The 3M Diamond Polishing Cloth disc’s come in 7 abrasive grits ranging from 220 (coarse) to 50,000 (extra fine). These diamond polishing discs are ideal for very fine finishing and are available individually. Other discs available from Foredom that work exceptionally well with the BL Lathe are 3M’s Flexible Diamond discs and Trizact disc products. All the products are available in 1, 2 and 3 ” diameters.
The next step in the pre-finishing of these earrings and pendants is to remove wax mold parting lines. For that, I’m using Foredom’s MetalMaster [trademark symbol] rubberized abrasive polishing wheels and rods. The wheels are 7/8" x 1/8" thick and the rods are 1/4" x 7/8" and both can be shaped according to the job-at-hand. I use multiple Foredom Rotating Bur Holders (Foredom part No. 10081) to sort and organize a variety of pre-finishing and polishing accessories.
MetalMaster wheels and rods are superior rubber bonded abrasives. They hold their shape better and last longer than other rubber bonded abrasives. MetalMaster accessories are available in 3 color coded grits; brown (coarse 120 grit), black (medium 180 girt) and green (fine 220 grit). They are available in 3 different kits (Foredom part Nos. AK710, AK700 or AK713). I use these wheels and rods with my Foredom Series SR flexshaft and No. 20 quick change handpiece. They are ideal wheels to use prior to Foredom’s CW Series Ceramic Impregnated Polishing Wheels.
With the bottom surfaces pre-finished and the parting lines removed, I use 3M’s Radial Bristle Disc system prior to final polishing. They are ideal for these castings because they reach areas that rubberized abrasives and polishing wheels would have difficulty accessing in a timely manner.
I remove the tapered spindle from the left side and the collet holder from the right side and install Foredom Wheel Mandrel’s (Foredom part Nos. WM-5 and WM-6). The wheel mandrels hold abrasive wheels (up to 3" in diameter), sanding drums, brushes and other accessories with 1/4" mounting holes. Shown in this image is a 3M EXL Unitized Wheel mounted on the left side and I’m mounting a 1 1/2" grinding wheel on the right side.
To install the wheel mandrel, the spindle is removed by loosening 2 allen screws and pulling it off. The wheel mandrel is put on the motor shaft and the 2 allen screws are tightened. The 5/16" shaft from the motor has a flat portion that the allen screws are lined up with prior to tightening. I regularly change between the tapered spindles, collet holder and wheel mandrel and find changing to be quick, easy and secure.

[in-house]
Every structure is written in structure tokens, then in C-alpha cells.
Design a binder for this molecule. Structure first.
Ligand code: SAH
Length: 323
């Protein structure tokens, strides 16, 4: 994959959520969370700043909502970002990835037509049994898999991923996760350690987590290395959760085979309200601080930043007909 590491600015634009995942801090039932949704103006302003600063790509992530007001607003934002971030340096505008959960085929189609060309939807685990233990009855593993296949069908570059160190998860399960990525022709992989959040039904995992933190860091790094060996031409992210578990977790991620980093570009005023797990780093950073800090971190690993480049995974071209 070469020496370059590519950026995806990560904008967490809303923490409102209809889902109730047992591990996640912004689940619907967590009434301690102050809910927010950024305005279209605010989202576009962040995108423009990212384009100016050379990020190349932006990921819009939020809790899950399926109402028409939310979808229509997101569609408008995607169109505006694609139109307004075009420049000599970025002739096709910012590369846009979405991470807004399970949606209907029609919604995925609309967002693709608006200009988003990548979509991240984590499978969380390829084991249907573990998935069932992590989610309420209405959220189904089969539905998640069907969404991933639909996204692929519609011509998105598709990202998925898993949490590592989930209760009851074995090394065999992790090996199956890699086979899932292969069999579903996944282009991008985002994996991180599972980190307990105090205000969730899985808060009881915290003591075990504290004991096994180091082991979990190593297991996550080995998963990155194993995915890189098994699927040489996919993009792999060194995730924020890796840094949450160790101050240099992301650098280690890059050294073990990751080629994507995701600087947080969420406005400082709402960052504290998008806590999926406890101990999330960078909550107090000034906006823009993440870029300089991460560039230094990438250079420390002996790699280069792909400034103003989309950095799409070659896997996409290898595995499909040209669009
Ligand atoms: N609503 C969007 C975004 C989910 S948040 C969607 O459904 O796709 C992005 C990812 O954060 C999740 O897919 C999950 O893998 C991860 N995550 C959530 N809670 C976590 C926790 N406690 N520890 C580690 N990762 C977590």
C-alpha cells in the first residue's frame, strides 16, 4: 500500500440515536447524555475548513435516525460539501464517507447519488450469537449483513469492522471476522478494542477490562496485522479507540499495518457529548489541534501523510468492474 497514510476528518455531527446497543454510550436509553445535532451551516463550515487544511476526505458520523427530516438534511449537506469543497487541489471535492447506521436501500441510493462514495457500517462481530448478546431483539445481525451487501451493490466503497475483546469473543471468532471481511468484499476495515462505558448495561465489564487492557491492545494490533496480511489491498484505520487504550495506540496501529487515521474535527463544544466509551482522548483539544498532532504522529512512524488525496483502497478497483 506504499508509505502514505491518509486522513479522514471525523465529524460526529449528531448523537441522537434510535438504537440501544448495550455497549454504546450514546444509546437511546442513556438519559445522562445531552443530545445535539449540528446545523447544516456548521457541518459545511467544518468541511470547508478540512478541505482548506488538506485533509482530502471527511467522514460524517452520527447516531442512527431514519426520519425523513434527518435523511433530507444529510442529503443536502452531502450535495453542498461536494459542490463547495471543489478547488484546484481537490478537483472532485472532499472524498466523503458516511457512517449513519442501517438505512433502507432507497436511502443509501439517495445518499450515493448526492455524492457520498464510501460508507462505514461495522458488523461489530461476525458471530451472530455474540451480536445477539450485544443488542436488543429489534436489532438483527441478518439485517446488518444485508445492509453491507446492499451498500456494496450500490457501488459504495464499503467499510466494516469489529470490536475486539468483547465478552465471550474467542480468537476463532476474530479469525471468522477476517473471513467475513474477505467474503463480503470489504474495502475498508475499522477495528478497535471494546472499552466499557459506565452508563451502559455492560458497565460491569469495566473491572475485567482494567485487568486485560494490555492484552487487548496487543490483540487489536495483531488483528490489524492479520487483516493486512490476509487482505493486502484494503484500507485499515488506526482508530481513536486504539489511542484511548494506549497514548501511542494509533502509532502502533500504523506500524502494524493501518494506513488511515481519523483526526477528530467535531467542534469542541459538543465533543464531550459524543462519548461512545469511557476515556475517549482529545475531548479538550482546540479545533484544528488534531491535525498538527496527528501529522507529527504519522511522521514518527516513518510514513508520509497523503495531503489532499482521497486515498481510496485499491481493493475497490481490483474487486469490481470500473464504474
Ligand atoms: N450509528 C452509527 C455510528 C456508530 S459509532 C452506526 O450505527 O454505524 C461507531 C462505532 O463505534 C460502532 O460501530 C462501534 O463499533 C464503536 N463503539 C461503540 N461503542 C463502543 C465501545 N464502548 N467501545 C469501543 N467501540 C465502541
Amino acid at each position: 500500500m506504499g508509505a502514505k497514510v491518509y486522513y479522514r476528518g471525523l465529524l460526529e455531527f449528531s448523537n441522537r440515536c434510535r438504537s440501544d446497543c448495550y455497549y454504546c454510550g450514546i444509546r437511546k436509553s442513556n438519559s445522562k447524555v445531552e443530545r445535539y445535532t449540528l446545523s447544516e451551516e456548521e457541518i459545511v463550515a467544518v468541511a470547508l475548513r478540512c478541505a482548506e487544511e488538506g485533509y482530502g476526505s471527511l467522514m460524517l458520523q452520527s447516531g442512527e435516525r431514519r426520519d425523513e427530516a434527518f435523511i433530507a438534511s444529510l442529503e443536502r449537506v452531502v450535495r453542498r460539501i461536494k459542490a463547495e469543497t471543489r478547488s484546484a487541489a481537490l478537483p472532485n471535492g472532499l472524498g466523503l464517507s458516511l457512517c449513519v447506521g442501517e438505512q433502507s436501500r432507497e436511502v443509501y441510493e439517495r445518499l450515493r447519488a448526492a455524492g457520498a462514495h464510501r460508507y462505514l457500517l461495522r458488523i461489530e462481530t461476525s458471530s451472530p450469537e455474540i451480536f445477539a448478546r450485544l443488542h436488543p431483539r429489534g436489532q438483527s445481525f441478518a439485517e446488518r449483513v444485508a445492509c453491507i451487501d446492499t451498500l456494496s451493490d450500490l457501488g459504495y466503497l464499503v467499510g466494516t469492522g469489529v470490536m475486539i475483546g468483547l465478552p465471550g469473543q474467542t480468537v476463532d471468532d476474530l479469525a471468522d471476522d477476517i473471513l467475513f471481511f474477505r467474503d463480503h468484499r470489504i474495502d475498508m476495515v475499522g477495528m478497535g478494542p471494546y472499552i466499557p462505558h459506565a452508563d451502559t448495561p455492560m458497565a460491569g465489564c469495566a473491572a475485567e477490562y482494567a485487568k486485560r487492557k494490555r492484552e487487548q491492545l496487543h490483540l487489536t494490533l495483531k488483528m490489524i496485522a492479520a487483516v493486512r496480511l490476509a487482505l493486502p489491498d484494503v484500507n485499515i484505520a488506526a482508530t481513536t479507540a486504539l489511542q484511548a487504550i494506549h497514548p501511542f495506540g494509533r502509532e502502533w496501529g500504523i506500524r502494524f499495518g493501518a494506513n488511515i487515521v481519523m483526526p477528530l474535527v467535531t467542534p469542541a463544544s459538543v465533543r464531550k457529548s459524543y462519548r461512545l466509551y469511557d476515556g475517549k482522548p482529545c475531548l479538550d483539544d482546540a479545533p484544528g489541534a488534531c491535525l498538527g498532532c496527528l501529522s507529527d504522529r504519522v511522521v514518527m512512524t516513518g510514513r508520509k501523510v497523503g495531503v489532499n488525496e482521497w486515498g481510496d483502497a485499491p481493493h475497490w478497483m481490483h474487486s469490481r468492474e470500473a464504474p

I set the BL Lathe to a medium speed using the variable speed dial and I remove most of the remaining portion of the gate that wasn’t cut after casting on this wedding set using the small grinding wheel.
Next I use 3M Scotch-Brite EXL Unitized Wheels to remove the remainder of the gate and to partially blend it into the shank. EXL wheels come in 3 diameters, 3 thicknesses and have 3 different arbor holes. They are available in soft to hard densities, and are made from aluminum oxide or silicon carbide in coarse, medium and fine grits. They work well for decorative finishing, cleaning and conditioning, pre-finishing (as shown), oxide removal, deburring, blending and polishing.
The BL Lathe also serves as a bench top buffing and polishing motor. Since this process generates significant waste and debris, I use the Foredom Dust Hood (Foredom part No. DCH-1). The hood has a dust collector attachment on the back and can be used with or without a dust collecting unit. The hood can be used at the bench to catch general debris or with a light duty dust collection system attached – like a standard shop vacuum. Shown in this image, I’m using an inside ring mandrel and Foredom’s platinum white compound (Foredom part No. 4006) to bring out the final luster on a palladium and diamond ring. The compound is 8000 grit and is fantastic for all precious metals, especially palladium and platinum.
I prefer doing regular buffing and polishing away from my bench top and with a heavy duty dust collection system. Using PVC pipe and fittings purchased at a hardware store, I made a dust collection system that would hold and draw significantly from 2 hoods. I hooked it to a heavy duty dust collection unit. Shown are a variety of buffing and polishing supplies available from Foredom.
The Foredom Bench Lathe is a powerful variable speed bench lathe in a compact size suitable for use at the workbench. The total width of the motor with tapered spindles on each side is only 13". It has a permanent magnet motor that runs extremely smooth and quiet. The base is made of cast iron and has suction cup feet for a secure hold on the work surface. The unit weighs 7.5 pounds, is 5 1/8" in height and has a 1/6 horsepower motor. The variable speed ranges from 1,800 to 7,000 rpm. The shafts from the motor are 5/16" in diameter.
Foredom provides its bench lathe as a stand alone unit or in 5 different kits containing a variety of accessories. They also provide a wide variety of Foredom and 3M pre-finishing and finishing accessories that can be used with the unit at the bench or in a fixed location other than the bench top.
This installment was sponsored by Foredom, Bethel, CT and 3M Photographs – Mark B. Mann